Violence in the southern Gaza Strip on May 11
Violence in the southern Gaza Strip on May 11

The latest outbreak of violence in Jerusalem and Gaza, which has already claimed more than 30 lives, including a dozen children in Gaza, and at least two women, including one Indian in Israel, is a stark reminder to the international community of its failure to bring about any sort of peace in the troubled region. Trouble had been brewing ever since Israeli authorities put up barricades at the start of the Muslim holy month of Ramzan outside Damascus Gate beyond the occupied old city of Jerusalem. This was followed by clashes between Palestinians and right-wing Jewish Israeli settlers.

Things came to a head after Israeli troops stormed the Al Aqsa Mosque – Islam’s third holiest site – last week, on the eve of a planned march by Zionist youth to celebrate the capture of East Jerusalem by Israeli forces from Jordan during the 1967 Arab-Israeli war. The storming left hundreds of Palestinians injured. Hamas, which runs the Gaza strip and is also one of the major militant wings of the Palestine movement, issued an ultimatum to Israeli troops to vacate the Al Aqsa Mosque, which was ignored. Rocket attacks by Hamas against Israeli cities and massive retaliatory strikes by Israeli forces have led to an escalating spiral of violence and bloodshed.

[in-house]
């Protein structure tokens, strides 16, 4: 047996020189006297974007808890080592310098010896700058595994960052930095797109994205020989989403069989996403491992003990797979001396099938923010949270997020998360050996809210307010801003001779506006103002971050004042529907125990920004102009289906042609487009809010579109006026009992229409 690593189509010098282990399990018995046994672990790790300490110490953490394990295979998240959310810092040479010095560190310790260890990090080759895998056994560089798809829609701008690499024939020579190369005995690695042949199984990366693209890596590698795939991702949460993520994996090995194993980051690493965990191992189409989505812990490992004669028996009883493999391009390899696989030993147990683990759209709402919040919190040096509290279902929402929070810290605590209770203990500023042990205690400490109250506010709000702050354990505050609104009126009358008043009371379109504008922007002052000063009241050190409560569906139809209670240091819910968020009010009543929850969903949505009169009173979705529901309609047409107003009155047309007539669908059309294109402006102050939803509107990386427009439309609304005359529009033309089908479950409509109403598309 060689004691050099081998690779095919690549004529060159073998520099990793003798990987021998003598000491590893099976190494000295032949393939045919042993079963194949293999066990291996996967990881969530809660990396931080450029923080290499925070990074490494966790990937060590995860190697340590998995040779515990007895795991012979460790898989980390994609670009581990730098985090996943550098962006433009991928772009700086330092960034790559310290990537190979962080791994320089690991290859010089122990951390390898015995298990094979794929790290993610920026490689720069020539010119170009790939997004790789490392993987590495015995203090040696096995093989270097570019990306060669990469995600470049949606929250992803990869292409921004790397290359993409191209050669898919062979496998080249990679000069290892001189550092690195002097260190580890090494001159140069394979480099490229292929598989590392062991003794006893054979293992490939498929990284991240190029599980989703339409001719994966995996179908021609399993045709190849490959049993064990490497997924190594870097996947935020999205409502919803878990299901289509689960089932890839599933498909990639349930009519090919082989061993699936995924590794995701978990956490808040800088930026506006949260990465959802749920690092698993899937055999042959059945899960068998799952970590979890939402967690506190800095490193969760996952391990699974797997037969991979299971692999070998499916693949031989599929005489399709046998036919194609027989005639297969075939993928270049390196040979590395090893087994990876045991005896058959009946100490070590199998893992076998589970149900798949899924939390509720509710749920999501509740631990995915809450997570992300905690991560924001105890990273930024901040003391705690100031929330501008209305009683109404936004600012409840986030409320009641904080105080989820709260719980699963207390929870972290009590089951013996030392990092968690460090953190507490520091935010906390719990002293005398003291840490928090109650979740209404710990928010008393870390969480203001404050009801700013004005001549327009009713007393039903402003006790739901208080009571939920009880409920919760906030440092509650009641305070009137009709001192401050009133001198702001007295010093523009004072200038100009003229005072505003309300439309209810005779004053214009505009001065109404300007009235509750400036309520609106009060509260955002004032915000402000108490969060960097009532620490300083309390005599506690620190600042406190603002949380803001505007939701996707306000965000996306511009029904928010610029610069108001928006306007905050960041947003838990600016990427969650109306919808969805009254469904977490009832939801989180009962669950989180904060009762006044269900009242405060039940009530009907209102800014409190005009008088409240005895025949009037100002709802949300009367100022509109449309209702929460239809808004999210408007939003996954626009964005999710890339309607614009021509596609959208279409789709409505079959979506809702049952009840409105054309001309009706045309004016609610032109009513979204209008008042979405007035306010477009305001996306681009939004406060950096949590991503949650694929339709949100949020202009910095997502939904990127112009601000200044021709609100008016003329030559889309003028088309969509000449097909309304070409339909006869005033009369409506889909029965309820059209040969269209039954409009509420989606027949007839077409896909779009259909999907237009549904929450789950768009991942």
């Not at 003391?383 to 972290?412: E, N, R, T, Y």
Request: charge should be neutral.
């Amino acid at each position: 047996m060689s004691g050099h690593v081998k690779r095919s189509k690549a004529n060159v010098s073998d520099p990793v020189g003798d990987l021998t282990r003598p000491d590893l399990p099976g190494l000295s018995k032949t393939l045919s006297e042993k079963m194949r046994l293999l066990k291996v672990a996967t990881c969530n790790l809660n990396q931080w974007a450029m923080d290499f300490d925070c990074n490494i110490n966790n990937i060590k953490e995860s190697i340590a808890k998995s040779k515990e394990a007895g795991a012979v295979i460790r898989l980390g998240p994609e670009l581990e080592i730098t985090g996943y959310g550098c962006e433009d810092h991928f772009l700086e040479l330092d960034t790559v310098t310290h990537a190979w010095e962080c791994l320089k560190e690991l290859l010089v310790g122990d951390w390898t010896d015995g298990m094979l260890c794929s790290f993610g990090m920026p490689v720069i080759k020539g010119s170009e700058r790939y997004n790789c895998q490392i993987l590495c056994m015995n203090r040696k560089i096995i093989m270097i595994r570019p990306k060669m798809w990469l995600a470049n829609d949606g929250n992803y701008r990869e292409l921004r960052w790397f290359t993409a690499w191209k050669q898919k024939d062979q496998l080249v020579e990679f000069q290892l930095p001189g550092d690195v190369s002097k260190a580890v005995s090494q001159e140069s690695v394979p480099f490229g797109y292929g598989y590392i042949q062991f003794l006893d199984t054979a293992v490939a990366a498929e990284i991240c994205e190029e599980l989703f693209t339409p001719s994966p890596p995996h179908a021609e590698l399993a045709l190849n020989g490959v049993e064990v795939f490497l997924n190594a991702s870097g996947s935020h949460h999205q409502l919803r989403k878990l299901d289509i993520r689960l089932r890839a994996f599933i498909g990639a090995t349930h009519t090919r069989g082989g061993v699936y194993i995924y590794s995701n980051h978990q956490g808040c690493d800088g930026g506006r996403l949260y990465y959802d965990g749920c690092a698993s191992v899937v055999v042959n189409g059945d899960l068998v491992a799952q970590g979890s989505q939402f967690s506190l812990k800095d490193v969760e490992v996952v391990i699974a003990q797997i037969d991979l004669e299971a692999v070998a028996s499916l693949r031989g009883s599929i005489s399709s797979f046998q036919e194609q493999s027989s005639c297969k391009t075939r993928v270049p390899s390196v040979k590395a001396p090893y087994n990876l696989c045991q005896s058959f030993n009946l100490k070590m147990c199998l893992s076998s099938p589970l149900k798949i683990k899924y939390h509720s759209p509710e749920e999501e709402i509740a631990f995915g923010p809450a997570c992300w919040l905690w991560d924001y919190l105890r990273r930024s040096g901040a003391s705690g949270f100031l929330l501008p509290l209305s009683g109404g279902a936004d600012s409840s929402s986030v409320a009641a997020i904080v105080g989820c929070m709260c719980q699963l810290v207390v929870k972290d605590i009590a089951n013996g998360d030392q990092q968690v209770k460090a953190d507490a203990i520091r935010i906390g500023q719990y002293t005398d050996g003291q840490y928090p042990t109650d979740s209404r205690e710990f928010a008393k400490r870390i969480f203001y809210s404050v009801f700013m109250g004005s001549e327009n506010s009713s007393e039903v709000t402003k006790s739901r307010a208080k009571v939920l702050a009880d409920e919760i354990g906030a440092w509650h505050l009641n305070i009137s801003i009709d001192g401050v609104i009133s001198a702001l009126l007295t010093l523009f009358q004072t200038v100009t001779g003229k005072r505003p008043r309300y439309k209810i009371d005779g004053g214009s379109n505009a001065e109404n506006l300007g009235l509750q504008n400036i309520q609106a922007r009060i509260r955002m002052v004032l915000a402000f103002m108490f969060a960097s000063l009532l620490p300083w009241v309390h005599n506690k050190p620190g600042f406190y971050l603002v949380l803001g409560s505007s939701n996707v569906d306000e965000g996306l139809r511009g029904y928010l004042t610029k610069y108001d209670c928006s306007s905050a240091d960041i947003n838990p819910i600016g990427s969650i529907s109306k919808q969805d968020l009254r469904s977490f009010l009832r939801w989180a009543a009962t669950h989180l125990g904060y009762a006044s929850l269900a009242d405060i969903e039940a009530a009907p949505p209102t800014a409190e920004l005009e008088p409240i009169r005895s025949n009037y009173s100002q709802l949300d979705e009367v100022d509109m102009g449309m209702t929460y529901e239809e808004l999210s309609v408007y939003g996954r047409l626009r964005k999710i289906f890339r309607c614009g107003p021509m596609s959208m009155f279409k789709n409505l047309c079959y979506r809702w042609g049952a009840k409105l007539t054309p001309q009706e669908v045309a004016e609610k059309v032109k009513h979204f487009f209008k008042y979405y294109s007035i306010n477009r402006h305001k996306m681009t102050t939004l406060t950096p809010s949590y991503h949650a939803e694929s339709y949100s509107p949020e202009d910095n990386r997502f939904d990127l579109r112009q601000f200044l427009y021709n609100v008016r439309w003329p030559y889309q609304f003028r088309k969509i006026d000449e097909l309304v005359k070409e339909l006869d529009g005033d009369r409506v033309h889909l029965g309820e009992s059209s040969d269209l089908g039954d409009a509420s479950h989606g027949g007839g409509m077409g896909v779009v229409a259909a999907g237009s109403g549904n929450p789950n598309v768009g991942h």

While the present violent confrontation is just the most recent iteration of a conflict which began in 1948 when Western powers forcibly carved out the state of Israel, it has served to underscore the need for the international community to ensure that some kind of lasting peace settlement is worked out between Israel and the Palestinian factions. Being the dominant military power in the region, Israel has, over the years, continued to push forward with its programme of forcible settlement of the occupied territories.

In fact, the current clash was precipitated by the threatened eviction of Arab families from East Jerusalem, which Palestine considers the capital of a future free Palestine, to be replaced by right-wing Jewish settlers. Apart from rote condemnation of violence and calls to de-escalate, which both sides have ignored so far, the international community has had little impact on the proceedings. It is now up to the US to demonstrate that it is committed to peace in West Asia by using its influence over Israel, as well as the Arab states which support Hamas, to bring both sides to the negotiating table. The current conflict, in that sense, presents the first major test for the Biden administration.

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